Monday, August 9, 2010
Women with cystic fibrosis are affected more by the disease than men and have a lower life expectancy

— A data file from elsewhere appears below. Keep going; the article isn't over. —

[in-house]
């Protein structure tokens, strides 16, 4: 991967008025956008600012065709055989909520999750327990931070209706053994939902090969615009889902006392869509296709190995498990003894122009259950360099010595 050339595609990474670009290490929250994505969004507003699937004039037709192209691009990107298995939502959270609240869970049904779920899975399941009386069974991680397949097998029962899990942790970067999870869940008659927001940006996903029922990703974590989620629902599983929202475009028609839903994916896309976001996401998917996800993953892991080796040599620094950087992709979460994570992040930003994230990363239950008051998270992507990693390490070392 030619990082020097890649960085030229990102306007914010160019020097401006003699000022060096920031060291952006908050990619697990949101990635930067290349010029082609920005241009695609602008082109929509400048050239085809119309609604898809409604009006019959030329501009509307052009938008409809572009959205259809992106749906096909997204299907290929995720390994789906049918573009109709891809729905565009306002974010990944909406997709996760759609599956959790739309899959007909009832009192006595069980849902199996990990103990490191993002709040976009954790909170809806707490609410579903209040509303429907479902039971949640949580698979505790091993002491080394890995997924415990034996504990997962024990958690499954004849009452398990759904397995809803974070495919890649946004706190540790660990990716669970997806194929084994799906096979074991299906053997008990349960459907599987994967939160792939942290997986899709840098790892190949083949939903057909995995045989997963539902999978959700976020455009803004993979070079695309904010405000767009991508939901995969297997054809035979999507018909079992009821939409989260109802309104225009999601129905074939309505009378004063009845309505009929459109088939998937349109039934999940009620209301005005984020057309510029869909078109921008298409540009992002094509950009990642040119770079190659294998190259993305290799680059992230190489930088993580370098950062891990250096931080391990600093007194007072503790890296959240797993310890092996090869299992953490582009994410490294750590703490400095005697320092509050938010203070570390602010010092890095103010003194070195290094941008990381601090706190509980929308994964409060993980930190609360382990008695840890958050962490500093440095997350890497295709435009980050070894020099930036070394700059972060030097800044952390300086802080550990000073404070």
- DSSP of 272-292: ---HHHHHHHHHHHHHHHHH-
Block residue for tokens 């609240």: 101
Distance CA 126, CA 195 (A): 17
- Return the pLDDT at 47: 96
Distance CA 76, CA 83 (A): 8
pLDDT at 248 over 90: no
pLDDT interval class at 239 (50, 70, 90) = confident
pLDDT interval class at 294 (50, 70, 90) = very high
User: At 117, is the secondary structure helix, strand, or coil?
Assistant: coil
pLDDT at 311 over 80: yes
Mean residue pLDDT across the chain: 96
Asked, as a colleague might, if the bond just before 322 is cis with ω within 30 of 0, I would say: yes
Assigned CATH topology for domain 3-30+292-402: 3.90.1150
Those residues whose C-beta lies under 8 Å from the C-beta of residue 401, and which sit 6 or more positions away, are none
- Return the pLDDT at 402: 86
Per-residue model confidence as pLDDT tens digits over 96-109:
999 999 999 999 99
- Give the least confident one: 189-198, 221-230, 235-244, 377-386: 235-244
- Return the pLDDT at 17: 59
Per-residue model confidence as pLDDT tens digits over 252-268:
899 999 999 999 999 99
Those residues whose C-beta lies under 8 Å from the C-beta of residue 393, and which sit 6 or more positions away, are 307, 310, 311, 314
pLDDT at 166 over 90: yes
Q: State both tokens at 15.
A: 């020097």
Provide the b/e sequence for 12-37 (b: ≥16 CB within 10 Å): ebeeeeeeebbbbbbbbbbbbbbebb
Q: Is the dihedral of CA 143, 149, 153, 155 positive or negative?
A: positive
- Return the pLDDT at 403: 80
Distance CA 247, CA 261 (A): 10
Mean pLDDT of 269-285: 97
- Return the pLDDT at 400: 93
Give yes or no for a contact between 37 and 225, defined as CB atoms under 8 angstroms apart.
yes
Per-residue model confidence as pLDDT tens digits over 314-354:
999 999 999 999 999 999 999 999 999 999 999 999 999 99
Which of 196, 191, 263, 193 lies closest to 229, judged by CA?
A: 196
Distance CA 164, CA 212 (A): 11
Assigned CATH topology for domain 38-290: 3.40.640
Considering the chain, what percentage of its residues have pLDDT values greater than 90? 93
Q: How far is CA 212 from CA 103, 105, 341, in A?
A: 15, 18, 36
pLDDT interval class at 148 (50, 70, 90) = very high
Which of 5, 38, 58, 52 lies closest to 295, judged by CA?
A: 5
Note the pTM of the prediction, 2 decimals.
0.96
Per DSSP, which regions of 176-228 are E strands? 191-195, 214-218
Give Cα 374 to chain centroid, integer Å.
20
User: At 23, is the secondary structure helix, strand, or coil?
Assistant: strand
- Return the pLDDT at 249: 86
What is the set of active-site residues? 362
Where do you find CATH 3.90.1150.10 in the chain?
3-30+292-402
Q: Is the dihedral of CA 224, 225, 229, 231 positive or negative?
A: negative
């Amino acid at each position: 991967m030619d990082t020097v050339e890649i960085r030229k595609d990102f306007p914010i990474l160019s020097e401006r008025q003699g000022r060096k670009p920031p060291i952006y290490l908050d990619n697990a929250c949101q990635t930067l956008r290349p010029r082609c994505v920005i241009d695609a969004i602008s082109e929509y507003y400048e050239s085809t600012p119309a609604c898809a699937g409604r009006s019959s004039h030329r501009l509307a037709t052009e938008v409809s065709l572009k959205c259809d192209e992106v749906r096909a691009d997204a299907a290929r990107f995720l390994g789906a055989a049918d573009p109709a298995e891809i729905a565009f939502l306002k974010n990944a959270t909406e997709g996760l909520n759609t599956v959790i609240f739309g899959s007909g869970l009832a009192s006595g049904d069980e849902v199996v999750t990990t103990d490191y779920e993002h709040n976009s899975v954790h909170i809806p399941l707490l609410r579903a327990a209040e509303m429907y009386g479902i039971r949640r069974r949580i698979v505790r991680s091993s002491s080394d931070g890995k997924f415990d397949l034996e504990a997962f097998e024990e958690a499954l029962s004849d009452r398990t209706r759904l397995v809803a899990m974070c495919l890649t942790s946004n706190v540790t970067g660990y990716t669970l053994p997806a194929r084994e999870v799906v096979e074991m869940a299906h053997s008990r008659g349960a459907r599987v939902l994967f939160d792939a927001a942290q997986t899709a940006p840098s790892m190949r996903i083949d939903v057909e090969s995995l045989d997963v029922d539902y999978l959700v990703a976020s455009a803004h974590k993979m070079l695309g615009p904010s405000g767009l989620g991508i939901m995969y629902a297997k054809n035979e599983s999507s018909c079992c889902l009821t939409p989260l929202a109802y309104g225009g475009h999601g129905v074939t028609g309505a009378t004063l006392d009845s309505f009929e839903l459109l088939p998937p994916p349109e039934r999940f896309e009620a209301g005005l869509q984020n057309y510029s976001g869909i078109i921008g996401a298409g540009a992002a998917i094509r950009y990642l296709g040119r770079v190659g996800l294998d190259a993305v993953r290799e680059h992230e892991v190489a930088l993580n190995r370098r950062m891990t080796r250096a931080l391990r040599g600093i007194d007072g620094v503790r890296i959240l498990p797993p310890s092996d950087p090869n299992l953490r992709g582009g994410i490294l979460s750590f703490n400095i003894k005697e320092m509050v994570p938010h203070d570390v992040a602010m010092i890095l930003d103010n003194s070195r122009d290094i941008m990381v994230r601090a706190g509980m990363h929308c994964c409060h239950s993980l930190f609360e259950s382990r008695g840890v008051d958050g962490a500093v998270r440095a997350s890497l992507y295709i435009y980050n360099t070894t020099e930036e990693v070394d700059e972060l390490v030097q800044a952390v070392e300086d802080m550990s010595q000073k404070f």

Cystic fibrosis is a life-threatening disease which primarily affects the lungs and the digestive system. A build-up of mucus can make it difficult to clear bacteria and leads to lung infections and inflammation. Estrogen prevents the release of a chemical signal (IL-8) that triggers the influx of white blood cells into the lungs to fight the infection when cells are attacked by bacteria. In the lungs, a protective layer of fluid known as the airway surface liquid (ASL) keeps the lung’s lining hydrated and defends them from infection. In CF sufferers, this layer is thinner and is reduced even further at times of elevated levels of estrogen during the menstrual cycle, increasing the likelihood of acquiring an infection. Women with cystic fibrosis have on average a life expectancy three to five years less than men. Stabilizing estrogen levels or pursuing more aggressive preventative strategies against infection during the week of the four-week menstrual cycle when estrogen levels are at their highest could radically improve treatment for female CF sufferers.